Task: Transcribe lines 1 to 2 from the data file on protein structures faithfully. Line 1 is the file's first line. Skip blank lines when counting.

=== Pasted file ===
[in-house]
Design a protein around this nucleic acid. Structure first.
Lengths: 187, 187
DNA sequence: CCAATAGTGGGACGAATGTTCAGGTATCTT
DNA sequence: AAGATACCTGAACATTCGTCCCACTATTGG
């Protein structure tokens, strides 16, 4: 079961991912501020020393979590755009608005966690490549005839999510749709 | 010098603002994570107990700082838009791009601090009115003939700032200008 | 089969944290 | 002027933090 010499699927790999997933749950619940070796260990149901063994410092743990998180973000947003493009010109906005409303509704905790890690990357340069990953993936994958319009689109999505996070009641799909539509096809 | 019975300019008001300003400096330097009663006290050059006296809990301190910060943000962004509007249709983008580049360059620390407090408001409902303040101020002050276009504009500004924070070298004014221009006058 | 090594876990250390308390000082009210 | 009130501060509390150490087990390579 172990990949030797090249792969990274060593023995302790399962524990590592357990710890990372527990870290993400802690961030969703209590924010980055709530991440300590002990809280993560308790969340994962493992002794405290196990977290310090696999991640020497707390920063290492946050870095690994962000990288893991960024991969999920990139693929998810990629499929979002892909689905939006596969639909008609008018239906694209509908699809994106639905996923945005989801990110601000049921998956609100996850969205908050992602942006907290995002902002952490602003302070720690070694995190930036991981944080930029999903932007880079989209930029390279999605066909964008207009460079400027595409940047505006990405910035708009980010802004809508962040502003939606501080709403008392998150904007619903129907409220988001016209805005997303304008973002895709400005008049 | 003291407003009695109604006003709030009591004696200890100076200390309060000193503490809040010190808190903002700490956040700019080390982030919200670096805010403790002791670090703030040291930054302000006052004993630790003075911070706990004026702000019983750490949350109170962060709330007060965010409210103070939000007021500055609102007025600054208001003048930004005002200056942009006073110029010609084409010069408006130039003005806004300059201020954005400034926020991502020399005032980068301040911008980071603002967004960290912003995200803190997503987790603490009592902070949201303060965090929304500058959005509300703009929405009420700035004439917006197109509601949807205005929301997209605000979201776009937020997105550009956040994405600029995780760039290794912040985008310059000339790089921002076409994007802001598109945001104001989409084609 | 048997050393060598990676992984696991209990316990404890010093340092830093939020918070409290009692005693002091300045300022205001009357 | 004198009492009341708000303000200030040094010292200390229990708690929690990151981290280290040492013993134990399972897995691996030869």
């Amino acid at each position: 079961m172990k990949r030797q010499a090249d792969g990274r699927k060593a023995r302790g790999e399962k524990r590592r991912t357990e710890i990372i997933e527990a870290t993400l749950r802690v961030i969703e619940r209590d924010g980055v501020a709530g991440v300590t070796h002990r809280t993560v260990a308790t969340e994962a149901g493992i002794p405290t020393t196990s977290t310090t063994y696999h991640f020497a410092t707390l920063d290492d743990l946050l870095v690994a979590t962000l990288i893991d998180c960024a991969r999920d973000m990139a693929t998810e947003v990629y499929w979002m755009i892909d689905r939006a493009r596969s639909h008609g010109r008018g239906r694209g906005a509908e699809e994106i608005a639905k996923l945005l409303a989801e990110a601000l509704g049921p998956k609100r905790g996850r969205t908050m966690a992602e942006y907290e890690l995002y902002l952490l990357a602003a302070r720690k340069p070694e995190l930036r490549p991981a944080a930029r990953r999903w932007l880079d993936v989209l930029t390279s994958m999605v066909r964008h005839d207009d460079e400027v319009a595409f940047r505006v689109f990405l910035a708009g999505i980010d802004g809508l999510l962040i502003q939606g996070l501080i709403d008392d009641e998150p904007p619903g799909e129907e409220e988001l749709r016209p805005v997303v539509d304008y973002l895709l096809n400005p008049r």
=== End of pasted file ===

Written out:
[in-house]
Design a protein around this nucleic acid. Structure first.